Such devices should not be necessary. Surely business development is its own reward, assuming that development is successful, and if it isn't then that is hardly anyone's fault but the developers. If businesses find that the manifestation of an idea fails to generate profit, then perhaps they need to consider the possibility that the idea itself is flawed; or that the implementation needs redesigned; or that it should be marketed differently, rather than immediately jumping to compensate for their own incompetence by employing racketeering techniques. They have my sympathies, I'm sure, but I had hoped that the days of building empires with the blood of slaves were over.

Business is an opportunity, not a "right".

We are not all responsible for the success or failure of others' business ventures; we have no moral obligation to ensure that others profit by their inventions, especially when those "inventors" use their ill-gotten exclusive "rights" as a weapon against us, to prohibit our pursuit of academic learning.

Snake Oil

The principles of Intellectual "Property" transforms business from being an opportunity to being a "right" that is protected by unethical laws, with unjustifiable exclusivity. It is nothing but snake-oil peddled by carpetbaggers. The consumption of this snake-oil is then enforced by laws that are instigated by corrupt politicians, at the behest of those same carpetbaggers who bribe those politicians.

That isn't "innovation", it's racketeering.


Jayboy75's picture

Knowledge Ownership

The subject of intellectual property has so many gray areas that it's difficult to sum up all of its pitfalls, but I think you've done a fair job of it here. However, I disagree that in all cases, "Using exclusive access to knowledge as a business device, presents an unjustifiably unfair advantage (state aid) to a select few" as you've mentioned. Knowledge does have ownership to some degree; I can, for example, go out and start manufacturing cars with all the typical parts - steering wheel, engine, transmission, four tires, gear shift, etc. but I can never call that car a Ford or a Chrysler. Those companies own the branding of their products, not the idea of the car itself. They may own the technologies used to manufacture their engines, but they do not own the ability to make an engine. What you've said here crosses over into the idea that copyright, trademark, and other types of "knowledge ownership" somehow infringe on the rights of people to develop new ideas, when in fact these forms of ownership are simply a means of protecting an identity. Allowing free use of knowledge without restriction would be the equivalent of returning to a Native American mindset in which everybody owns everything. Land and real estate might as well be nixed as well, because the same grass grows on my land as on yours. Knowledge can become infinitely more abstract than a patch of earth, granted, but there still needs to be a certain level of ownership given over it.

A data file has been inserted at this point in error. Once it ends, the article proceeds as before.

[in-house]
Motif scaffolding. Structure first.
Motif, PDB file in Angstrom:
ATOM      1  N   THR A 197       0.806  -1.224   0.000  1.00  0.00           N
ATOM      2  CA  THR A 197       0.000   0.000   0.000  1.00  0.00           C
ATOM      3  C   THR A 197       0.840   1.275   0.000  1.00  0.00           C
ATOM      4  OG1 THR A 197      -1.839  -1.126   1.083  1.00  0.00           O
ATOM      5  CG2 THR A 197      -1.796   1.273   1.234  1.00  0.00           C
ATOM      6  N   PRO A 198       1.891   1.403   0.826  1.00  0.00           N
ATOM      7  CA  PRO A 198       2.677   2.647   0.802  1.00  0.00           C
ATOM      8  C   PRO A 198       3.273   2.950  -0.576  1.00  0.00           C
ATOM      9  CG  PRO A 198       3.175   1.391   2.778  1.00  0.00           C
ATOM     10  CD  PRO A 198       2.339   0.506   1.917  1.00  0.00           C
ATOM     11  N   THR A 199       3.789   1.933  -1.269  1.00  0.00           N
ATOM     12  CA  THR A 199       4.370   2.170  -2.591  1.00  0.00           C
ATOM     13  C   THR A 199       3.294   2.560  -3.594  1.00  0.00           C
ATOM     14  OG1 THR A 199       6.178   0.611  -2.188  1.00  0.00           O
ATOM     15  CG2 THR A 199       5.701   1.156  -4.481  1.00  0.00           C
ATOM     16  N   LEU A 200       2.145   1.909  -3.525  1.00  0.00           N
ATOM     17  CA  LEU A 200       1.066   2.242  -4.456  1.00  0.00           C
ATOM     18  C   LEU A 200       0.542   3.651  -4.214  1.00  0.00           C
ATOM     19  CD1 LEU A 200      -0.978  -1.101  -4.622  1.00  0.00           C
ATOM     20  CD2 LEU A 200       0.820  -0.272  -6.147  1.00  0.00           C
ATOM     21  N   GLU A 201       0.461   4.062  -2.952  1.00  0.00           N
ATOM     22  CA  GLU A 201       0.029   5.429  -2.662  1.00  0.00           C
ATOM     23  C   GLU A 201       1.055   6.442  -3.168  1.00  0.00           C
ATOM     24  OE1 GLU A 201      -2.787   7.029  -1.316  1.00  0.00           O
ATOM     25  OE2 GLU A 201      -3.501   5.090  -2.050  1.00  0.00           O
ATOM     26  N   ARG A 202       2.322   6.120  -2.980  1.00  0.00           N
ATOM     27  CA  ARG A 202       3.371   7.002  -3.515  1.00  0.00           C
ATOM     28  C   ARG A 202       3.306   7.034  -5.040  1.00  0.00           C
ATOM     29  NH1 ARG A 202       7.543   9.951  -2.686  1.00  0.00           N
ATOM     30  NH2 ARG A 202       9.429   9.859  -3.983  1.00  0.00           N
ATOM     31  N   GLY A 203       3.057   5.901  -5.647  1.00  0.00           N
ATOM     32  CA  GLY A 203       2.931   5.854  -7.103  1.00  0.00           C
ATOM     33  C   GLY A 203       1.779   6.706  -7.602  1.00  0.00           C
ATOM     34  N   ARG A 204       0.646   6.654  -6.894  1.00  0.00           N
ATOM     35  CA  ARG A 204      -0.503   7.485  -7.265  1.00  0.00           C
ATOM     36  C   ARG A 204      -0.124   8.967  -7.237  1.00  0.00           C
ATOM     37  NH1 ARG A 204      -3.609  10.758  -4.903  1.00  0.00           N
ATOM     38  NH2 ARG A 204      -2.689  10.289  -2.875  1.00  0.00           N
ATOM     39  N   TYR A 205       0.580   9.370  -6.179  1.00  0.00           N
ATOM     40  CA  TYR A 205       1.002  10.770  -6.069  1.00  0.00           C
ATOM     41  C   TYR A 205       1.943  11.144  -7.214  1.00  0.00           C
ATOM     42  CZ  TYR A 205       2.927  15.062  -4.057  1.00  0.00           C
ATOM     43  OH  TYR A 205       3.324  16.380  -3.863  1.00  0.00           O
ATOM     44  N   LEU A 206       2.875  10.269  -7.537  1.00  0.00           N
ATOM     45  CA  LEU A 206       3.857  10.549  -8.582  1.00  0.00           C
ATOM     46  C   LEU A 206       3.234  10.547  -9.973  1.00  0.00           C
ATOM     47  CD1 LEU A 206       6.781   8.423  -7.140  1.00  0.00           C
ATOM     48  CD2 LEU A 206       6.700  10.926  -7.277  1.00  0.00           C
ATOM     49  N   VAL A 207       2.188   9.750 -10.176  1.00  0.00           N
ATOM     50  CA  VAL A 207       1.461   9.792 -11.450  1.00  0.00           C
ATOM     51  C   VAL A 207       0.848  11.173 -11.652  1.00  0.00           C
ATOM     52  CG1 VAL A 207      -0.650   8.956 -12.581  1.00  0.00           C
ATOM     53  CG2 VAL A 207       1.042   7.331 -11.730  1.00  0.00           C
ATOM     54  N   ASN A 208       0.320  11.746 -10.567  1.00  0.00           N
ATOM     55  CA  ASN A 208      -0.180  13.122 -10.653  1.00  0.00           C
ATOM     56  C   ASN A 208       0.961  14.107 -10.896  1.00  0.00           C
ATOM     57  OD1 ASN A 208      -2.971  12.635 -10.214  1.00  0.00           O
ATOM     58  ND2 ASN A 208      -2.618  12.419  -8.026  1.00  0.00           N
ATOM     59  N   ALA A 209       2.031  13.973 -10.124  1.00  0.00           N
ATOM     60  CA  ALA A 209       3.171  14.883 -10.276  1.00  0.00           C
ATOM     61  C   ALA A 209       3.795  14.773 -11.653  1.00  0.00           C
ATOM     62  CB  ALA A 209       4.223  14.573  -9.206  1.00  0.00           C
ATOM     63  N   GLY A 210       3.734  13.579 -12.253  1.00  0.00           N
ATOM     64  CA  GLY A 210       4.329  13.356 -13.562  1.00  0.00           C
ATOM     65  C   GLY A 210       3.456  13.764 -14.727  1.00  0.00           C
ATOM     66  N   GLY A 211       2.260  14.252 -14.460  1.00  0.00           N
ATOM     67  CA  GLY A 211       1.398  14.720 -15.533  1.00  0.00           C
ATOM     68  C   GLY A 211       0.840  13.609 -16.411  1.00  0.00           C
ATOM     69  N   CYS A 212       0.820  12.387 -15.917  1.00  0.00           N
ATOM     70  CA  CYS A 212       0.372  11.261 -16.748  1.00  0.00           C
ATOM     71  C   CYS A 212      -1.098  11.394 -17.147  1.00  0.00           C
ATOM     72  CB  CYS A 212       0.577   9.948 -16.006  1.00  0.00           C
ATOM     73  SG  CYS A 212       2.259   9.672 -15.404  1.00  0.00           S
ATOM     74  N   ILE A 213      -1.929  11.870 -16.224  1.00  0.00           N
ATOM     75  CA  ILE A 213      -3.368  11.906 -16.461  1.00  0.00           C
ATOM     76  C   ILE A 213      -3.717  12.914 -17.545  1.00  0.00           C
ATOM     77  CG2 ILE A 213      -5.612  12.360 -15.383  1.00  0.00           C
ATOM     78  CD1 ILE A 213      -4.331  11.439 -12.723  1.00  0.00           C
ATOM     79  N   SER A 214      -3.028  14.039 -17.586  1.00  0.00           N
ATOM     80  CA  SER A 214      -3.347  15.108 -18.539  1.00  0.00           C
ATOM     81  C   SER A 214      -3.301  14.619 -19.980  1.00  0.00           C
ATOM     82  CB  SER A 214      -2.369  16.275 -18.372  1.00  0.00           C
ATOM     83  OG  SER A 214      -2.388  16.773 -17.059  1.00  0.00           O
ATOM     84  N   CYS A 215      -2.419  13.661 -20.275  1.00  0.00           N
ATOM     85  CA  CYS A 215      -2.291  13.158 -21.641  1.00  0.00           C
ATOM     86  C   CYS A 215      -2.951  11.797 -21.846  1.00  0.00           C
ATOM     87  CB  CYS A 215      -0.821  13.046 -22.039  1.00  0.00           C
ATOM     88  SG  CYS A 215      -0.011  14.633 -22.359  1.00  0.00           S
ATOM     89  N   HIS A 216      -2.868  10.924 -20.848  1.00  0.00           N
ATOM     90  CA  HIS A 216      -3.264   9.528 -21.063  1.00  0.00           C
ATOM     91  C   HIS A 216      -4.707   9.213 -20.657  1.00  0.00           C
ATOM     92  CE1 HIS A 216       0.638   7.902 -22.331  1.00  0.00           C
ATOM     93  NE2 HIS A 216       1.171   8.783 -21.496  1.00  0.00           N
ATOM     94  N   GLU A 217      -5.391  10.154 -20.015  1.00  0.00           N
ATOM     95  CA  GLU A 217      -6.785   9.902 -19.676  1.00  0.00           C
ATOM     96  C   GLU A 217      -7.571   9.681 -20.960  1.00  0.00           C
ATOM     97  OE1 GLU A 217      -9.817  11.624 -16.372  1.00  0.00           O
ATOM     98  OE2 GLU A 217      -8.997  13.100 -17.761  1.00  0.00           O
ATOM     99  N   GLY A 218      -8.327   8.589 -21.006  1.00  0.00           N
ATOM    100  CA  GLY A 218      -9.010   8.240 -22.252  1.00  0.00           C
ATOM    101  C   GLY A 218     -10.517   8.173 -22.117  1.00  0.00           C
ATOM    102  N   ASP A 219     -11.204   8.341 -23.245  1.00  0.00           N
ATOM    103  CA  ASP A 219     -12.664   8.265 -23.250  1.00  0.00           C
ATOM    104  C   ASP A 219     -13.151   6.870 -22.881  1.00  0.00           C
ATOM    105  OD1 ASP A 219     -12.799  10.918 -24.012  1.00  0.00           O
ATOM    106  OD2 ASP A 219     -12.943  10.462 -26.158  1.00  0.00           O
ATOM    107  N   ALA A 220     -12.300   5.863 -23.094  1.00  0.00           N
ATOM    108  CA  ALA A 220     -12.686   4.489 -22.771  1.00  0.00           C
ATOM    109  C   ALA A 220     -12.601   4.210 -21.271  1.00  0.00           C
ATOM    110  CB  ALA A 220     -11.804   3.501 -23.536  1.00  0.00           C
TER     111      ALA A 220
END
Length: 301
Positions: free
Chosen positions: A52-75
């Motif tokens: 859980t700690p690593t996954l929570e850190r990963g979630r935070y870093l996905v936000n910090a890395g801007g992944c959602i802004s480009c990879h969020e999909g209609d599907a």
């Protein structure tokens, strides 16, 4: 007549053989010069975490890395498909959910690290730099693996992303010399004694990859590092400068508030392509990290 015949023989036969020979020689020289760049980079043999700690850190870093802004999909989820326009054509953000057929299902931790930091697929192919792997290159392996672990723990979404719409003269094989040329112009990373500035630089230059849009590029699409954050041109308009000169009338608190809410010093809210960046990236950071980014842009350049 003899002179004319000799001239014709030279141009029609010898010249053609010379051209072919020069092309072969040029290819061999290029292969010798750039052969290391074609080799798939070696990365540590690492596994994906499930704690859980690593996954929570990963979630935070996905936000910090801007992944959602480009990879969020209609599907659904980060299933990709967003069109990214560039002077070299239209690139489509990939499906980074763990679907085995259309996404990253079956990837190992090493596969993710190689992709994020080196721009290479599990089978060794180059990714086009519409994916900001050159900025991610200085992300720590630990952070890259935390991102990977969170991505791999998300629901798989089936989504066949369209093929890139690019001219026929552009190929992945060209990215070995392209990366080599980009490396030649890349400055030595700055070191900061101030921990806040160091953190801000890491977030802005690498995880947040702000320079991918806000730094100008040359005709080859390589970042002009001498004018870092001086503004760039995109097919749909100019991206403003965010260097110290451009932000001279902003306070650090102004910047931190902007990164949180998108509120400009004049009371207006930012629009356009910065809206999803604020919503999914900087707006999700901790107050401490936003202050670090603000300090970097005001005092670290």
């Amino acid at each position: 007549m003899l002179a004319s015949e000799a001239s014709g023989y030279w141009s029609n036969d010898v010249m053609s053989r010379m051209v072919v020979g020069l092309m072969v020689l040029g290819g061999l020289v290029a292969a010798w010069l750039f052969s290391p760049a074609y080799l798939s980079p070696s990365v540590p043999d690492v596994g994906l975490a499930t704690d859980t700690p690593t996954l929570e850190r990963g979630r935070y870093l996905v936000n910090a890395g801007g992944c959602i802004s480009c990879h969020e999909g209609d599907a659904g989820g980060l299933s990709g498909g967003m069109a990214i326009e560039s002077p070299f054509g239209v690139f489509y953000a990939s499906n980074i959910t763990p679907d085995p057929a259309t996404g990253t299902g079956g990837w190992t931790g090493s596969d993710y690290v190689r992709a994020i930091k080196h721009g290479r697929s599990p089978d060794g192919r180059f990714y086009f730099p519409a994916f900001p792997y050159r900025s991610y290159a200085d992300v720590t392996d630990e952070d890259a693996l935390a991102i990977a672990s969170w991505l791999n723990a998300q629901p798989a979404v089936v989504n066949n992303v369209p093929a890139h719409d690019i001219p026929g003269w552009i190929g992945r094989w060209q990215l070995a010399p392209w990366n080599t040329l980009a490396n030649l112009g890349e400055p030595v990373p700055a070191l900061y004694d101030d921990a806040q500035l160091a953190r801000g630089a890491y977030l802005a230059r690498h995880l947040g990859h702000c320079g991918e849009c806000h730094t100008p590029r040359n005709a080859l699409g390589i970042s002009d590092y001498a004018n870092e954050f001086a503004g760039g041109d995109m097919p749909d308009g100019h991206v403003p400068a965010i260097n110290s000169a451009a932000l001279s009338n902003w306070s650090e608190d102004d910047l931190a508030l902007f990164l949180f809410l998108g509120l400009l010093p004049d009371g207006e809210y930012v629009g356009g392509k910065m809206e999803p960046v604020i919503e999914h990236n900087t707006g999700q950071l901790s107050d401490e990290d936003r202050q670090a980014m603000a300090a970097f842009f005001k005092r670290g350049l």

Homer's picture

Identity is not "property"

You're confusing two entirely different concepts: identity and property.

Falsely assuming another's identity, whether it's a person or company, is simply fraud, not theft. This is exactly the fallacy which Intellectual Monopolists abuse as propaganda to make others believe copyright violation is "theft". If a name could rightfully be claimed as "property", then there wouldn't be more than one person in the world called "John Smith", for example.

Now certainly, I understand the need to avoid brand confusion, and equally the need to protect both people and companies from fraud, but the use of trademarks is the wrong approach, since it relies on the false and profoundly immoral premise that knowledge (in this case a name) may be someone's exclusive property.

Then you go on to confuse knowledge with tangible goods, stating that "the free use of knowledge without restriction" would somehow magically cause all material (or "real") property to enter common ownership, however you offer absolutely no rationale or justification for why you believe that might happen.

The fact remains that mankind flourished for millennia without any form of "IP" protection whatsoever. Local and international commerce thrived, and our culture evolved at an exponential rate, culminating in four centuries of the most inventive and creative period in history: the renaissance ... a depth and scope of invention and creativity which has never been matched since.

Does it not strike you as unusual that the end of the renaissance exactly coincides with the birth of "IP"?